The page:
SWIM: We started the swim just before 7:40 AM at the first sign of sunlight.  I was off the pack very quickly and settled in behind 1 other swimmer for about 500 yards before I lost contact with him.  My goal was to get 1/2 way before the first women passed me.  They were starting only 3 minutes behind us.  I didn't make that goal.  Despite not being in very good position I could tell the swim was going quickly based on how fast I was getting to the next buoy.  About 3/4 the way into the swim I started getting passed by a few amateurs not knowing how far behind me they started.  1 that really impressed me was a guy in a wetsuit.  At first I wondered why a guy in a wetsuit got to start so early.  They allow wetsuits up to 82 degrees but only for people who agree they won't be eligible for any age group awards.  They always make them start after all the non-wetsuit swimmers.  It was after he was all the way past me when I realized why he was in a wetsuit and so far up in the race.  HE HAD 1 LEG!!!  This guy with 1 leg just went flying by me in his Xterra Vortex suit!  It was super impressive.  I exited the water in my best Ironman distance swim time of 51:xx.  I have yet to look up official results so that's going on what I saw on the clock when I emerged from the water. 
I had a what felt like a pretty quick transition.  I was not feeling sick so I didn't even think about that.  I was excited to get out on the bike.  My goal was to hold 235-240 watts.  It was a goal I was sure I could hit.  I had done nearly 100 miles in a long training ride 3 weeks prior to the race at that wattage.  I planned to hit my lap button every 7 miles to restart my average watts.  In the first 7 miles I was right in the zone but it felt like more work than it should have been.  Maybe my legs aren't warmed up yet?  I teamed up with a guy about 5 miles in and we rode the next 45 miles or so trading the lead.  My wattage would drop at the same speed by about 10 watts when I rode legally 10 meters behind him so I knew this was helping me conserve.  I was riding really well on the down hill sections and spinning a high cadence going up the hills.  I stayed in my zone but it was much more difficult than I expected.  Just after the 1/2 way point of the race this guy fell back and I was solo.  I passed 2 professional guys just after the 1/2 way point but the power was getting very difficult.  I was occasionally coughing up some nastiness but it wasn't anything I was too concerned with.  It wasn't long after the 1/2 way point that the power started dropping fast.  I was taking in all my calories, salt, and water.  I couldn't figure out why the wattage that was so easy in the training rides was this difficult now.  I continued on and ended my last couple 7 mile segments at only about 200 watts.  I had my watch going and knew the sub-9 goal was probably out of the question.  With a 3 hour marathon I could still had a shot at a PR and I thought from my training I was capable of running 2:55 however the way I felt on the bike I realized this was probably not going to be the case.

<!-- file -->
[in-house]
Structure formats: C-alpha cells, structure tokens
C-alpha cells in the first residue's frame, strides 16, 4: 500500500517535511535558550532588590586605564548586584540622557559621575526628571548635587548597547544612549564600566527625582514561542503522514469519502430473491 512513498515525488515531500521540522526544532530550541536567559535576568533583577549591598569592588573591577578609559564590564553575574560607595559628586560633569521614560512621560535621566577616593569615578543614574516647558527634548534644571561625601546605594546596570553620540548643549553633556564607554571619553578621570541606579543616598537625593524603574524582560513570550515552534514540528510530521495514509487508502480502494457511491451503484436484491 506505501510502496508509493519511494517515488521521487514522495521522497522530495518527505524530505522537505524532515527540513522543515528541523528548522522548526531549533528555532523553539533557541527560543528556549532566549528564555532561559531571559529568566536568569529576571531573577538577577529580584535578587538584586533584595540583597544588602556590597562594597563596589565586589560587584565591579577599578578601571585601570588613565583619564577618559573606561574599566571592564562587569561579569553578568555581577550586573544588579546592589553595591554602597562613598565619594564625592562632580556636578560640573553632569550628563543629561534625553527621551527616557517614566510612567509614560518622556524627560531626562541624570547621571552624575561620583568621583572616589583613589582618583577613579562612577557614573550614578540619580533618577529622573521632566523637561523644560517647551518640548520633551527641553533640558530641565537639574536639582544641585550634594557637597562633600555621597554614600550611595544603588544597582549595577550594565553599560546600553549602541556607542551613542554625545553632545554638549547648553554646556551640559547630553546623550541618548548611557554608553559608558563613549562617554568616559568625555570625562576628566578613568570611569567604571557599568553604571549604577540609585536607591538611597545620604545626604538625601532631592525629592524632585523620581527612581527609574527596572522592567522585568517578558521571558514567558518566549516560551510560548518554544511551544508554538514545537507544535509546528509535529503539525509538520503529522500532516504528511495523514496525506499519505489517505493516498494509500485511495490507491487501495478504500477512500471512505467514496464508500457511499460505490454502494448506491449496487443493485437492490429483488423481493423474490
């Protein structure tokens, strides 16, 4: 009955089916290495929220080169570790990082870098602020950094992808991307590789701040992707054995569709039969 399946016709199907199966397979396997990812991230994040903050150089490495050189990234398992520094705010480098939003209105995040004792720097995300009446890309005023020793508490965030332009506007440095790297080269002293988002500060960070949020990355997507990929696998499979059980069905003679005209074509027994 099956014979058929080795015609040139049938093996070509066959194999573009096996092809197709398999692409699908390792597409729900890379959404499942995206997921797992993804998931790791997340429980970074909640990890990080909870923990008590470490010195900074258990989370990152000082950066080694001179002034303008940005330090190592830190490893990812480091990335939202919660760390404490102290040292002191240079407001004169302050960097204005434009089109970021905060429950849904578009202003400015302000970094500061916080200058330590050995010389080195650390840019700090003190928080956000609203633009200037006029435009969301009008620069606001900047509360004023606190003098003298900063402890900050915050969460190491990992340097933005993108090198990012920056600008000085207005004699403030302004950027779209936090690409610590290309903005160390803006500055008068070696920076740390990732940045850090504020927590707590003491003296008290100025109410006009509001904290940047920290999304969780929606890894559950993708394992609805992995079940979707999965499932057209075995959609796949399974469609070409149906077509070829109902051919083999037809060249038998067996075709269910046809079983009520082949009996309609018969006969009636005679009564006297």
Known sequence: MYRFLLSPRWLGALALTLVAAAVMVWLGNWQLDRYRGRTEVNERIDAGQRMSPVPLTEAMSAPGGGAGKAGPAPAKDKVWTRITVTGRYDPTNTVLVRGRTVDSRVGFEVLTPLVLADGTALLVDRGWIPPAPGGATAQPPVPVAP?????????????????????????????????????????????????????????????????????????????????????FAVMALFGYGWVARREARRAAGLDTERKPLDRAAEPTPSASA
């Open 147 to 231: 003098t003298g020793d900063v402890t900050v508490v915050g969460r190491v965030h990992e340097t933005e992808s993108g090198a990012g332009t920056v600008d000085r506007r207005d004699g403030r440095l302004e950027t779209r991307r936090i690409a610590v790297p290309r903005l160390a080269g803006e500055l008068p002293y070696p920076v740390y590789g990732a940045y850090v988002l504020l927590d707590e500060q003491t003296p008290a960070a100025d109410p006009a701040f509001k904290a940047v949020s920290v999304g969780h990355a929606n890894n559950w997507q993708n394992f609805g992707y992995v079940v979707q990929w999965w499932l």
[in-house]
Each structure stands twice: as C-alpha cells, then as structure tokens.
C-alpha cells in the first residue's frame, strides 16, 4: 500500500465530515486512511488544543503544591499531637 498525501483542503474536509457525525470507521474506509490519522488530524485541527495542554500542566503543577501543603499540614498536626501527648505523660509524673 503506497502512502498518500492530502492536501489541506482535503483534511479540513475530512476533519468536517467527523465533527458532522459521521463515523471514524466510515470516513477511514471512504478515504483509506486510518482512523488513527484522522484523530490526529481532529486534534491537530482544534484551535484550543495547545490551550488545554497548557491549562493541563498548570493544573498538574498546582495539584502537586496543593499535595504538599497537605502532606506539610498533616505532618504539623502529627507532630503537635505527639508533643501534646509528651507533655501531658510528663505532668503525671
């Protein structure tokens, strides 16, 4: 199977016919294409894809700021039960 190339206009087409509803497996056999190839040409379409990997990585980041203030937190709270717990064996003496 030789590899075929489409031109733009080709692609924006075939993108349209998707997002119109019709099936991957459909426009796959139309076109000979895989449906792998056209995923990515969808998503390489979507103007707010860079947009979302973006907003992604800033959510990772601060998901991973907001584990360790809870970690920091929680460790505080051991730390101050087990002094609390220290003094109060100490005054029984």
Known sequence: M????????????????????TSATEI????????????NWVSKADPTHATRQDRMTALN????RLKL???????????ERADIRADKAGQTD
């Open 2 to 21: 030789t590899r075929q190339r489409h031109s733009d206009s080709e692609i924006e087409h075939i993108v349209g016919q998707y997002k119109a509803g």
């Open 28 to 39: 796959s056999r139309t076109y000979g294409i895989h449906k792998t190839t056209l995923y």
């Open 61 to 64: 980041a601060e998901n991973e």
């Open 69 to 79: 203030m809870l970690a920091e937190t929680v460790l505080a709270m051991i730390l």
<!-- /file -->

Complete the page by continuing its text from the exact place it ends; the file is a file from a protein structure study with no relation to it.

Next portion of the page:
RUN: Out on the run is when things really started to go downhill.  My back ached out of transition.  I had ridden 9 times over 100 miles in my 10 week training block.  Most of that riding was spent in the aero position and I never once had any back issues.  I couldn't figure out why it was tight now.  I began the run and saw my pace and it was disheartening.  I was working hard and was only running about 8:00 pace.  Deep breaths were getting more and more painful.  I was starting to cough up garbage more frequently.  At about the mile mark I realized I needed to try to get things right.  I stopped to stretch out my back.  When I resumed running things were not any better.  I realized then that this was not going to be a good run...instead it would be a suffer-fest to the finish line.  I was having a hard time keeping my breathing calm and my knees were not coming up.  I was reminded of this because I kept scuffing my shoes on the pavement and I would tell myself to get my knees up but they just wouldn't respond.  The miles went by ever so slowly and the pain began mounting with each mile.  I was completely in suffer mode with over 20 miles to run.  I knew I could end the pain by just pulling the plug.  I realized that this little cold I had was affecting my body far more than I had anticipated.  I thought about stopping but deep down I knew this wasn't an option.  My kids would want to know how I did when I got done.  I didn't have the heart to tell them I didn't finish.  In my classroom we emphasize goal setting throughout the year.  I teach a 2 day lesson on the topic and we revisit goal setting often.  Students fill out goal sheets every quarter for both school goals and out of school goals.  I teach about the importance of having steps to achieve those goals and I had gone over my goals for this race and the steps I took to achieve those goals with my class before I left.  Having to tell them I didn't finish the race was not an option.  I accepted the fact that this was going to be a long and painful run.  The only walking I did was at aid stations trying to get something that would make my body feel better.  Nothing did the trick and I gave up on the aid station revival at about mile 20.  I decided to just try to get my mind off the pain by thanking every volunteer and spectator I could.  Around mile 23 my friend Robert White passed me going the other direction and I said, "Thanks for coming out."  I didn't even realize it was Robert until he was gone.  After the race he said he almost turned around to see if I was okay because he heard what I said and he could tell by the way I looked something was off.  I was extremely relieved to cross the finish line and end the suffering.  I was somewhere between 10 hrs. 20 minutes and 10 hrs. 30 minutes.  It was easily the most difficult Ironman I have finished.  The highlight of the day was watching Dan Ward and Robert White both finish looking awesome under 13 hours!!  They were first time Ironman finishers!!